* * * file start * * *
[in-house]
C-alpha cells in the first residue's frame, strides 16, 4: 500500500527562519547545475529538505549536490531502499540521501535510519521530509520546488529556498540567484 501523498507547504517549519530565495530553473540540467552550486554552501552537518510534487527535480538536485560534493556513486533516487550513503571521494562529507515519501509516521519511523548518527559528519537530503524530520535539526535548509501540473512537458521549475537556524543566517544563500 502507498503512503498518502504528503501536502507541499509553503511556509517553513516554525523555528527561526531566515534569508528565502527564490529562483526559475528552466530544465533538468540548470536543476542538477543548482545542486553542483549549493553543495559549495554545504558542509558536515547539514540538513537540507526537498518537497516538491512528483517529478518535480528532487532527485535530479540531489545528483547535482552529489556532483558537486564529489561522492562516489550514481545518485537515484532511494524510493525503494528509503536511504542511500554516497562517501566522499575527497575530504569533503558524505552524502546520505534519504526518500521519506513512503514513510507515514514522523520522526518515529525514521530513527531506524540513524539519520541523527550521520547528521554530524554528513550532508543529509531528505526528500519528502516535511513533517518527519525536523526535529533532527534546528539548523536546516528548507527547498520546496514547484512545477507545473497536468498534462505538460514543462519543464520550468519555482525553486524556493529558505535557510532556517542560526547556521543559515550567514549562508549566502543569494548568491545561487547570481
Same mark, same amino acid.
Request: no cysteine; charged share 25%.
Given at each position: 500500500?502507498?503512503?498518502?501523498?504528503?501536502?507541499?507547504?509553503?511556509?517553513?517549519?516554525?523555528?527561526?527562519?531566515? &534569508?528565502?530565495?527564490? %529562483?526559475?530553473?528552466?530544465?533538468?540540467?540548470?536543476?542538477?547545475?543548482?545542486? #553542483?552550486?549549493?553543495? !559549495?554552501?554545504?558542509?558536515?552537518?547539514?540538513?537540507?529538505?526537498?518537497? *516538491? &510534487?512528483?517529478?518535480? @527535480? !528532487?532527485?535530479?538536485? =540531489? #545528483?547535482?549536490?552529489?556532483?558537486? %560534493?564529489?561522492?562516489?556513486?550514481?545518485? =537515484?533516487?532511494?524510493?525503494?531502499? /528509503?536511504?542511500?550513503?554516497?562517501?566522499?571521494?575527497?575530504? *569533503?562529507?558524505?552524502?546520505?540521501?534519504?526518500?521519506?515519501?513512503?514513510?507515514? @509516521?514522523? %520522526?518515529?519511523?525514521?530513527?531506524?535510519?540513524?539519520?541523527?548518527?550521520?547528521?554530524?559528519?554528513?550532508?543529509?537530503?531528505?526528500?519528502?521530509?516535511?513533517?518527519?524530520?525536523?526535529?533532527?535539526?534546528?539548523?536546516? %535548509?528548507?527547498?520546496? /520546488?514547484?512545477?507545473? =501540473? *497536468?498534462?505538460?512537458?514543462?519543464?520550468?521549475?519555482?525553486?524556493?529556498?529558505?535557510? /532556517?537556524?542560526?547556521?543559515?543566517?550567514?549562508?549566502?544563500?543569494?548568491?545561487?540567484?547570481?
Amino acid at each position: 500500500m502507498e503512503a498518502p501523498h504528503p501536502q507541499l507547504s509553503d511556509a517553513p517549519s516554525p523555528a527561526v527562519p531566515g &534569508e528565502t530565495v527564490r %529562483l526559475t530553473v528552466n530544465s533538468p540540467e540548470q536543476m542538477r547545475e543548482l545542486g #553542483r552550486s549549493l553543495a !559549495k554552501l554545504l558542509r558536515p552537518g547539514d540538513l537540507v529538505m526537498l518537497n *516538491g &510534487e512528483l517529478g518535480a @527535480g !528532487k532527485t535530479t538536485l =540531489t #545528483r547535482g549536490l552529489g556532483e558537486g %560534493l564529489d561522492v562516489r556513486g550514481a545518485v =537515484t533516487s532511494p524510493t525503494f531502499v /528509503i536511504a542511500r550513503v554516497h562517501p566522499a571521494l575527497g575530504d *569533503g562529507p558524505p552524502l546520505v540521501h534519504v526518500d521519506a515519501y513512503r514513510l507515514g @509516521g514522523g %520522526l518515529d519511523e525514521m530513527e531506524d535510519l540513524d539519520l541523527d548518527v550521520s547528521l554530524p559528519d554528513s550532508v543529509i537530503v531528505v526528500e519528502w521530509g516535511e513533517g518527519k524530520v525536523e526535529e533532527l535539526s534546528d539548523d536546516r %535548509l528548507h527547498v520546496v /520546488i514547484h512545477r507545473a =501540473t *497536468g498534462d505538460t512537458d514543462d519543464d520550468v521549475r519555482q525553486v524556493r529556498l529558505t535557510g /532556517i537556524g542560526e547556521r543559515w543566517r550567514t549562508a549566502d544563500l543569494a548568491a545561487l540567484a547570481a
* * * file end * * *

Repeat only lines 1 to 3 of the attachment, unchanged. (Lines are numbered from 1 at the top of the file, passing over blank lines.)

[in-house]
C-alpha cells in the first residue's frame, strides 16, 4: 500500500527562519547545475529538505549536490531502499540521501535510519521530509520546488529556498540567484 501523498507547504517549519530565495530553473540540467552550486554552501552537518510534487527535480538536485560534493556513486533516487550513503571521494562529507515519501509516521519511523548518527559528519537530503524530520535539526535548509501540473512537458521549475537556524543566517544563500 502507498503512503498518502504528503501536502507541499509553503511556509517553513516554525523555528527561526531566515534569508528565502527564490529562483526559475528552466530544465533538468540548470536543476542538477543548482545542486553542483549549493553543495559549495554545504558542509558536515547539514540538513537540507526537498518537497516538491512528483517529478518535480528532487532527485535530479540531489545528483547535482552529489556532483558537486564529489561522492562516489550514481545518485537515484532511494524510493525503494528509503536511504542511500554516497562517501566522499575527497575530504569533503558524505552524502546520505534519504526518500521519506513512503514513510507515514514522523520522526518515529525514521530513527531506524540513524539519520541523527550521520547528521554530524554528513550532508543529509531528505526528500519528502516535511513533517518527519525536523526535529533532527534546528539548523536546516528548507527547498520546496514547484512545477507545473497536468498534462505538460514543462519543464520550468519555482525553486524556493529558505535557510532556517542560526547556521543559515550567514549562508549566502543569494548568491545561487547570481
Same mark, same amino acid.